What muscles do you think work hard in a seated position and which ones do you think chill out and put their feet up?
When you’re healthy, every action of the muscles in the front of your leg (the quadriceps) creates an opposite reaction in your hamstrings. These two muscle groups work in unison to extend and contract allowing you to bend your knees, straighten your hips and rotate your legs. Your hamstrings also work in tandem with the quadriceps to stabilise your pelvis and support your knees.
There is a delicate balance of power between the quadriceps (quads) and the hamstrings and it's natural for the quads on the front of the leg to be stronger than the hamstrings because humans love to sit and run. However if the hamstrings are too weak to support the action of the quads, for example when the quads pull the knee forward, the hamstrings might not be strong enough to pull it back creating a ligament tear, like the ACL, or anterior cruciate ligament, connects your thigh bone to your shin bone; one of the most common knee injuries.
If your quads played in the NBL, they might be the MVP, because they try to do everrrrything – even when it isn’t their job. This is called quad dominance. This isn’s to say that your quads and hip flexors are bad guys, because they’re not. They’re essential to functional movement and strength. It’s just that when they’re doing all the work, you end up with misalignment, muscular imbalance, and faulty movement patterning, which is correlated with injury and discomfort in the hips, knees and low back. And I should also add that quad dominance super common, because even if you’re active, odds are you’re part of a sitting society and here’s what happens when you sit. Your quads and hip flexors are locked short and your hamstrings and glutes disengage, so even when you get up to move or workout, you’re carrying that pattern into active life
Keeping your hamstrings supple and strong can help you stay active. Quads and hamstrings work together, and through their collaboration, equal happier knees. Balance them by strengthening the weaker muscle set with resistance exercises.
When the quad-hamstring strength ratio becomes unbalanced, people may experience low-back pain and an increased risk for hamstring strains or tears. If the quads are stronger than the hamstrings, they force the hamstrings to respond to movements faster and more intensely. If the hamstrings movements cannot keep up the motion of the quadriceps, they can snap and tear like a rubber band that has been stretched too far.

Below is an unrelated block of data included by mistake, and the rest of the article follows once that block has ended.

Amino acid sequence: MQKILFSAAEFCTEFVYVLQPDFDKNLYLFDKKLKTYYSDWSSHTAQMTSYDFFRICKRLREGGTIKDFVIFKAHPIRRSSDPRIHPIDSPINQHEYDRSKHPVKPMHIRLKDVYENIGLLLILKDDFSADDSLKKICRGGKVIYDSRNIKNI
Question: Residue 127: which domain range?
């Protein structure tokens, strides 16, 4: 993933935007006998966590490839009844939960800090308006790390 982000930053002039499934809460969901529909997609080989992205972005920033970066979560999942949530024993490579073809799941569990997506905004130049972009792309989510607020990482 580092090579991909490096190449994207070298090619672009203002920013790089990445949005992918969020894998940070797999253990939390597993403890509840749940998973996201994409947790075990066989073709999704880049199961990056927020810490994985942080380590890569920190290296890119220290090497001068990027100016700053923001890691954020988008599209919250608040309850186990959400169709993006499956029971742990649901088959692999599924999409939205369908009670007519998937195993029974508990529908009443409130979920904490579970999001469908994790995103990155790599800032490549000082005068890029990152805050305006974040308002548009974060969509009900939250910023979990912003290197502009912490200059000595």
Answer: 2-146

These exercises focus on strengthening the main muscle groups that affect the quality of movement for your knee. Strengthening the hamstrings and the quadriceps should be seen as a dual effort instead of individual, isolated movements.
Bring more activation to those heel-to-butt postures .Quads are happy with the knee up and forward, but when we bring it behind us, say in Lord of the Dancers Pose, we're lengthening out those quads more than they're used to. The tendons at the bottom of your quad that connects to your knee, pulls on your knee. Instead of reaching back for that foot with your hands to bring it in, bring it in without using your hands. You'll feel your hamstring work in ways you never thought possible and feel your quad like never before. Your hamstring may want to cramp so flex the toe, and over time as you build strength in the hamstring, you can point the toe. Try this same movement in a low lunge and Bow Pose.
Strengthen the hamstrings and the glutes will join the party. Come into a Reverse Table position and then slide one foot under so that the top of the foot slides underneath you. Play around here with the knee at full flexion, while you bring your hip into extension, and feel and incredible much-needed stretch and release in your quadricep muscle that has been working hard and shortening all day long in a chair.
Sitting for hours at a time can lead to tight hip flexors which hinder hamstring movement. If your job requires sitting for most of your day, make a point to stand up at least twice each hour. Standing or walking for a minute or two every half hour provides much needed circulation to your legs and works your hip flexors.
As always, remember knee pain (and any pain) is very complex and individual. This blog is only to highlight one possible reason and make some suggestions for how to alleviate that pain. This is not a substitute for seeking medical advise.
Louise FitzRoy is the Principal of Activ Life, a leading health and wellness company based in the Cayman Islands. If you enjoyed this article you may also like: 5 yoga moves with your chair and How can I keep up a regular yoga practise?